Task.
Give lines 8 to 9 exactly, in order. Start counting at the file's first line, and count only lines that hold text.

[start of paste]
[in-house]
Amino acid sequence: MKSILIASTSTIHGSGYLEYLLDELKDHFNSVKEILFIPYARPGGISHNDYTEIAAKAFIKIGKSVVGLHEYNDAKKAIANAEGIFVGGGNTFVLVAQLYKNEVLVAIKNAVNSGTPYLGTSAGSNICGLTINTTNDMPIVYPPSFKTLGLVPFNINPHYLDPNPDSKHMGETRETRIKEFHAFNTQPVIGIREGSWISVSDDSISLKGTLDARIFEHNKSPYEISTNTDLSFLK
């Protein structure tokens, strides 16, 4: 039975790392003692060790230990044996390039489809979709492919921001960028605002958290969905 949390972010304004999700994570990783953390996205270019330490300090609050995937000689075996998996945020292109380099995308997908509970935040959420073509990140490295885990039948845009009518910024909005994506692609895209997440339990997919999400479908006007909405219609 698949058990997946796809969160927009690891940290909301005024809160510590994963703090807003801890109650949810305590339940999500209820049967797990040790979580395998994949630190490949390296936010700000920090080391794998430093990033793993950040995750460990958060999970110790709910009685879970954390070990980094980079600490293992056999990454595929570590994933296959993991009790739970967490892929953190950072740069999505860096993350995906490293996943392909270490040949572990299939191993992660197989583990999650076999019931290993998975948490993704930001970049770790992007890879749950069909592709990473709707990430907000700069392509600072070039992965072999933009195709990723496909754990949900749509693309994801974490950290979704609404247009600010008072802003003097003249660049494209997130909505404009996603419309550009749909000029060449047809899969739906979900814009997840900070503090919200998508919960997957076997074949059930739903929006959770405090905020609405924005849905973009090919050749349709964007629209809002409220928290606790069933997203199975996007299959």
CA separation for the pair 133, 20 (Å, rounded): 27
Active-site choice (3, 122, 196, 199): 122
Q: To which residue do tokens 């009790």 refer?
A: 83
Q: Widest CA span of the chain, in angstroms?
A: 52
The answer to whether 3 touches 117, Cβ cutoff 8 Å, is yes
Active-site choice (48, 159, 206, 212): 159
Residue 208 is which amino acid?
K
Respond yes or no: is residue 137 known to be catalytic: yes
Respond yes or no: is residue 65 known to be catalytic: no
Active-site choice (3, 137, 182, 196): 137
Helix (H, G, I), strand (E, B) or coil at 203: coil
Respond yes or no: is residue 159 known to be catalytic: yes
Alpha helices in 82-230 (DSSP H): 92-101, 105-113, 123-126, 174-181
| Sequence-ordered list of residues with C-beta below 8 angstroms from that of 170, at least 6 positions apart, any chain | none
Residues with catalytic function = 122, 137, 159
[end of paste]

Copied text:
Q: Widest CA span of the chain, in angstroms?
A: 52